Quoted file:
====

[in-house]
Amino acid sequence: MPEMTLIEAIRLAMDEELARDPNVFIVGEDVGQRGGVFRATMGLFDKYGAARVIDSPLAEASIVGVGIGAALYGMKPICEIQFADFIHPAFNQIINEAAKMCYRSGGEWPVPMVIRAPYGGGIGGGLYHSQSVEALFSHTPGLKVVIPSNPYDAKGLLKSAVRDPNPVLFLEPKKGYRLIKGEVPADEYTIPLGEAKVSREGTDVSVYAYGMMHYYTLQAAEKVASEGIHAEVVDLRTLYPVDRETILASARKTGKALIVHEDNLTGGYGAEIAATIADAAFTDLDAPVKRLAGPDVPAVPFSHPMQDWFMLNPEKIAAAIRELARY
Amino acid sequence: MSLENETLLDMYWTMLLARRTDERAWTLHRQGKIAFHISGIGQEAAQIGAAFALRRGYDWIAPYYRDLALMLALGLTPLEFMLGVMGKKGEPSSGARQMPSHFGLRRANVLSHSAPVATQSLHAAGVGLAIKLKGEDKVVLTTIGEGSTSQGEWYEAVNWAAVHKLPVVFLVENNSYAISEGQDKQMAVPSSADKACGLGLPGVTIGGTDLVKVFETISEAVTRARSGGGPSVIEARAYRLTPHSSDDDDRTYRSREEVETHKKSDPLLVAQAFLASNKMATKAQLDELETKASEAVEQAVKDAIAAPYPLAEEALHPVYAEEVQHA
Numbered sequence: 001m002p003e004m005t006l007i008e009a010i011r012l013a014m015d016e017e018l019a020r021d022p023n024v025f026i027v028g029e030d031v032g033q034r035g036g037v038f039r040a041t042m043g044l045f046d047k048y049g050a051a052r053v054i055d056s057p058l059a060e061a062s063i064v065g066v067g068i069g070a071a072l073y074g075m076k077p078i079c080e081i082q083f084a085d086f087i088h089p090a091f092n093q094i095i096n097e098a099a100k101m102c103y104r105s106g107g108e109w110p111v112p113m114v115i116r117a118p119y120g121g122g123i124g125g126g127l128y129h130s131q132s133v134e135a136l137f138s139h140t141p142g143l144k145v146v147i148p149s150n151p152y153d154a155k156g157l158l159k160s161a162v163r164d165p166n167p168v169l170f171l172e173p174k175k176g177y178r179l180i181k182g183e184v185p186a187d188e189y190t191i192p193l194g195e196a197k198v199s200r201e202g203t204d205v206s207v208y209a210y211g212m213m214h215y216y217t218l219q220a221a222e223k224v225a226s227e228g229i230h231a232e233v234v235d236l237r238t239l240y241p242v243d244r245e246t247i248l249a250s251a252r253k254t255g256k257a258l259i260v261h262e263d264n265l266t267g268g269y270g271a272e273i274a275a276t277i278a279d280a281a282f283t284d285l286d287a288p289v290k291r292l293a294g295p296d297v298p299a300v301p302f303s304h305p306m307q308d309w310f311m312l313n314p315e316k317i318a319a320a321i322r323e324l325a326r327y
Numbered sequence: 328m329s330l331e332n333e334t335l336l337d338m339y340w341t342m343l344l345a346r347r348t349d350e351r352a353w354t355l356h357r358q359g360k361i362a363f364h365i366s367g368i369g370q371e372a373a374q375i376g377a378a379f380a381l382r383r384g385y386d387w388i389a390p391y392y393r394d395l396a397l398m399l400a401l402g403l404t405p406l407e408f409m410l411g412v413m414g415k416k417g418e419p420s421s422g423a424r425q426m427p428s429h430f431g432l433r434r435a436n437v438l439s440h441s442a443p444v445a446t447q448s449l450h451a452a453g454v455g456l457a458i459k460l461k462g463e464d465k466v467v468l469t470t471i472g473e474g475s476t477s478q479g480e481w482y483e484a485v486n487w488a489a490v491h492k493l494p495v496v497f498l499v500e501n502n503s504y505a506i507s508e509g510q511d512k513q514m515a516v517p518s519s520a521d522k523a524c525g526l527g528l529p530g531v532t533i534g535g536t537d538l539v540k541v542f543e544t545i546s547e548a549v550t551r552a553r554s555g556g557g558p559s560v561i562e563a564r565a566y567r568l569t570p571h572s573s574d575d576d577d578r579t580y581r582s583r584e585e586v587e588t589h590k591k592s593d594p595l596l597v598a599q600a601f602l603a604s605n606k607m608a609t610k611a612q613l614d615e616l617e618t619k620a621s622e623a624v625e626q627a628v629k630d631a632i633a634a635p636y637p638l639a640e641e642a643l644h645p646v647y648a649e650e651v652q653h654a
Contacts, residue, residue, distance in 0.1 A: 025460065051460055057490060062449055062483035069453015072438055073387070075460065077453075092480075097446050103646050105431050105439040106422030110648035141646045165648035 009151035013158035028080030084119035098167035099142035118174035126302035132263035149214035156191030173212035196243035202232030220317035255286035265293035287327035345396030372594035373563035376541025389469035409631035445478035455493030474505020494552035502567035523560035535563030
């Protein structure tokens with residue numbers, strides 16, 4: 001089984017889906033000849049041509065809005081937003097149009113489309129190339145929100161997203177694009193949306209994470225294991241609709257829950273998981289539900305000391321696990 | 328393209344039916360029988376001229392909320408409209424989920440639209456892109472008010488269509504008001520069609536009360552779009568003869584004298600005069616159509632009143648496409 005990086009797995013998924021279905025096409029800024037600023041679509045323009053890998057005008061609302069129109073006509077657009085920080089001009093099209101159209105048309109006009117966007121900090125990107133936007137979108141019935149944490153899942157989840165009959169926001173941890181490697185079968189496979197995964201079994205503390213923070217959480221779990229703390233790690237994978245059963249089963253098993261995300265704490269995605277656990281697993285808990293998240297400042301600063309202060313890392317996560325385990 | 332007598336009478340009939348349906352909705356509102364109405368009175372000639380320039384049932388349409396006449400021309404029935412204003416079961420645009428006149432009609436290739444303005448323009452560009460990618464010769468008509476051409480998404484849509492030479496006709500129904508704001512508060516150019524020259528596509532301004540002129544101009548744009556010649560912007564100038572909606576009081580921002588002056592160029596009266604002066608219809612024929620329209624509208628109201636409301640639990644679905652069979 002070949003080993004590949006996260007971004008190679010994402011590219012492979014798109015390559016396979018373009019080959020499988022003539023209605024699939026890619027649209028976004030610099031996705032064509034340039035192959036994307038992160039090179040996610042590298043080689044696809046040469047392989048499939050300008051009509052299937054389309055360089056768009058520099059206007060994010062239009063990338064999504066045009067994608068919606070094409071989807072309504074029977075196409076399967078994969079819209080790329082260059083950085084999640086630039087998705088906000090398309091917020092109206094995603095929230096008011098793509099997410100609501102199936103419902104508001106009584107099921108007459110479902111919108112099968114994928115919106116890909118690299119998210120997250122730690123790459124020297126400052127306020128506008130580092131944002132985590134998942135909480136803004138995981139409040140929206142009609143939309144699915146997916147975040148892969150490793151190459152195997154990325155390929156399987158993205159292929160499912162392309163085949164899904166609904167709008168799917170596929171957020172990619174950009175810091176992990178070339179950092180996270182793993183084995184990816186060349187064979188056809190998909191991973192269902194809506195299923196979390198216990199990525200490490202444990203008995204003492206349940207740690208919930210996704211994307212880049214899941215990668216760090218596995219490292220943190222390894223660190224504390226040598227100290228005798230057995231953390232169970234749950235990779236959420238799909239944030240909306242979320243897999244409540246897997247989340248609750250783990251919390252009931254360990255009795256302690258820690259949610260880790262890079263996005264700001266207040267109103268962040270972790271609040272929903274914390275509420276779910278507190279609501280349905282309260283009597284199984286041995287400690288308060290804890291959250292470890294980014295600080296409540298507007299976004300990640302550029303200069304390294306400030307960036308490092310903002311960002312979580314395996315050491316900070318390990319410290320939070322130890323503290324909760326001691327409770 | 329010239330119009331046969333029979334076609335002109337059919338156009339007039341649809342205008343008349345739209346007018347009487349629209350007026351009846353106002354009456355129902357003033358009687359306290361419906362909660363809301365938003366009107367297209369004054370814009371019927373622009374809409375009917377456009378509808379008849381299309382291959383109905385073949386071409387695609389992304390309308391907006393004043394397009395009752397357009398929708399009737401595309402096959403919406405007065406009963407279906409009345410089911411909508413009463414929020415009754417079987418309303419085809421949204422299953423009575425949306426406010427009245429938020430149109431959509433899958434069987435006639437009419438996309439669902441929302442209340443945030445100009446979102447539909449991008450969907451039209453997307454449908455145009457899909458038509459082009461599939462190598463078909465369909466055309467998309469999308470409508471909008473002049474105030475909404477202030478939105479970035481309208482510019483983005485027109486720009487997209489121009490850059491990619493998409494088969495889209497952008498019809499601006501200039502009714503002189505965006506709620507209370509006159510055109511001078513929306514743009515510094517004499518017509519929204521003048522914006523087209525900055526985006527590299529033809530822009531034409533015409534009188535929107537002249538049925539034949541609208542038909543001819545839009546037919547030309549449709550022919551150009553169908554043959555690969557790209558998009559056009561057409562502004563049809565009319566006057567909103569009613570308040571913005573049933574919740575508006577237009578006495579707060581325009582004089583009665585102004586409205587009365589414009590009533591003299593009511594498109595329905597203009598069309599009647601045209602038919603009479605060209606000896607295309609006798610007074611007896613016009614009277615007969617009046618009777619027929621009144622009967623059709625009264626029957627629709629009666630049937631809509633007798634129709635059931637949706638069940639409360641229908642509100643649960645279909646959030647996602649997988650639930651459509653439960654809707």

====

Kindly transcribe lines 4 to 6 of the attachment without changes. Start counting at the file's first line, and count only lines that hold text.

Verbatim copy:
Numbered sequence: 001m002p003e004m005t006l007i008e009a010i011r012l013a014m015d016e017e018l019a020r021d022p023n024v025f026i027v028g029e030d031v032g033q034r035g036g037v038f039r040a041t042m043g044l045f046d047k048y049g050a051a052r053v054i055d056s057p058l059a060e061a062s063i064v065g066v067g068i069g070a071a072l073y074g075m076k077p078i079c080e081i082q083f084a085d086f087i088h089p090a091f092n093q094i095i096n097e098a099a100k101m102c103y104r105s106g107g108e109w110p111v112p113m114v115i116r117a118p119y120g121g122g123i124g125g126g127l128y129h130s131q132s133v134e135a136l137f138s139h140t141p142g143l144k145v146v147i148p149s150n151p152y153d154a155k156g157l158l159k160s161a162v163r164d165p166n167p168v169l170f171l172e173p174k175k176g177y178r179l180i181k182g183e184v185p186a187d188e189y190t191i192p193l194g195e196a197k198v199s200r201e202g203t204d205v206s207v208y209a210y211g212m213m214h215y216y217t218l219q220a221a222e223k224v225a226s227e228g229i230h231a232e233v234v235d236l237r238t239l240y241p242v243d244r245e246t247i248l249a250s251a252r253k254t255g256k257a258l259i260v261h262e263d264n265l266t267g268g269y270g271a272e273i274a275a276t277i278a279d280a281a282f283t284d285l286d287a288p289v290k291r292l293a294g295p296d297v298p299a300v301p302f303s304h305p306m307q308d309w310f311m312l313n314p315e316k317i318a319a320a321i322r323e324l325a326r327y
Numbered sequence: 328m329s330l331e332n333e334t335l336l337d338m339y340w341t342m343l344l345a346r347r348t349d350e351r352a353w354t355l356h357r358q359g360k361i362a363f364h365i366s367g368i369g370q371e372a373a374q375i376g377a378a379f380a381l382r383r384g385y386d387w388i389a390p391y392y393r394d395l396a397l398m399l400a401l402g403l404t405p406l407e408f409m410l411g412v413m414g415k416k417g418e419p420s421s422g423a424r425q426m427p428s429h430f431g432l433r434r435a436n437v438l439s440h441s442a443p444v445a446t447q448s449l450h451a452a453g454v455g456l457a458i459k460l461k462g463e464d465k466v467v468l469t470t471i472g473e474g475s476t477s478q479g480e481w482y483e484a485v486n487w488a489a490v491h492k493l494p495v496v497f498l499v500e501n502n503s504y505a506i507s508e509g510q511d512k513q514m515a516v517p518s519s520a521d522k523a524c525g526l527g528l529p530g531v532t533i534g535g536t537d538l539v540k541v542f543e544t545i546s547e548a549v550t551r552a553r554s555g556g557g558p559s560v561i562e563a564r565a566y567r568l569t570p571h572s573s574d575d576d577d578r579t580y581r582s583r584e585e586v587e588t589h590k591k592s593d594p595l596l597v598a599q600a601f602l603a604s605n606k607m608a609t610k611a612q613l614d615e616l617e618t619k620a621s622e623a624v625e626q627a628v629k630d631a632i633a634a635p636y637p638l639a640e641e642a643l644h645p646v647y648a649e650e651v652q653h654a
Contacts, residue, residue, distance in 0.1 A: 025460065051460055057490060062449055062483035069453015072438055073387070075460065077453075092480075097446050103646050105431050105439040106422030110648035141646045165648035 009151035013158035028080030084119035098167035099142035118174035126302035132263035149214035156191030173212035196243035202232030220317035255286035265293035287327035345396030372594035373563035376541025389469035409631035445478035455493030474505020494552035502567035523560035535563030